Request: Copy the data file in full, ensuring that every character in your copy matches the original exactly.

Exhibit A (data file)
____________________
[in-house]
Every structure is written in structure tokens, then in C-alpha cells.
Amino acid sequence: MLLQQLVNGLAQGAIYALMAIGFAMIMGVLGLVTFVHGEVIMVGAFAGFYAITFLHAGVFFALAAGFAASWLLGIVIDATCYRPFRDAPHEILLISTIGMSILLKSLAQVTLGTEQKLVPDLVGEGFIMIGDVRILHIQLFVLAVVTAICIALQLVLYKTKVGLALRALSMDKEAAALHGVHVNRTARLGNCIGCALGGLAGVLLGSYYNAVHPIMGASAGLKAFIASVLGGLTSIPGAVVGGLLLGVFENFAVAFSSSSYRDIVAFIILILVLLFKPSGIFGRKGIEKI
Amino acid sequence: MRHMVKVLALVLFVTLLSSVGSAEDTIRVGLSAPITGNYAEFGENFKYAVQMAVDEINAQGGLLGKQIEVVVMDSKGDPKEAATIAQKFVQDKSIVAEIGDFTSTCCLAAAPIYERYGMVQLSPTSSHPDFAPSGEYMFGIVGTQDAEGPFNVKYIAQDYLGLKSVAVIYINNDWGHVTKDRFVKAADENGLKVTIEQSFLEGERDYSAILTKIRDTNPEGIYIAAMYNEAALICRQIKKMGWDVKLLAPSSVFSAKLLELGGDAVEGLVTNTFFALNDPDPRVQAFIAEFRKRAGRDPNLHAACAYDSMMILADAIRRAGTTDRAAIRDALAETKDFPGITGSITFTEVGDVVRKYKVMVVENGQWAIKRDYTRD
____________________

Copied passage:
[in-house]
Every structure is written in structure tokens, then in C-alpha cells.
Amino acid sequence: MLLQQLVNGLAQGAIYALMAIGFAMIMGVLGLVTFVHGEVIMVGAFAGFYAITFLHAGVFFALAAGFAASWLLGIVIDATCYRPFRDAPHEILLISTIGMSILLKSLAQVTLGTEQKLVPDLVGEGFIMIGDVRILHIQLFVLAVVTAICIALQLVLYKTKVGLALRALSMDKEAAALHGVHVNRTARLGNCIGCALGGLAGVLLGSYYNAVHPIMGASAGLKAFIASVLGGLTSIPGAVVGGLLLGVFENFAVAFSSSSYRDIVAFIILILVLLFKPSGIFGRKGIEKI
Amino acid sequence: MRHMVKVLALVLFVTLLSSVGSAEDTIRVGLSAPITGNYAEFGENFKYAVQMAVDEINAQGGLLGKQIEVVVMDSKGDPKEAATIAQKFVQDKSIVAEIGDFTSTCCLAAAPIYERYGMVQLSPTSSHPDFAPSGEYMFGIVGTQDAEGPFNVKYIAQDYLGLKSVAVIYINNDWGHVTKDRFVKAADENGLKVTIEQSFLEGERDYSAILTKIRDTNPEGIYIAAMYNEAALICRQIKKMGWDVKLLAPSSVFSAKLLELGGDAVEGLVTNTFFALNDPDPRVQAFIAEFRKRAGRDPNLHAACAYDSMMILADAIRRAGTTDRAAIRDALAETKDFPGITGSITFTEVGDVVRKYKVMVVENGQWAIKRDYTRD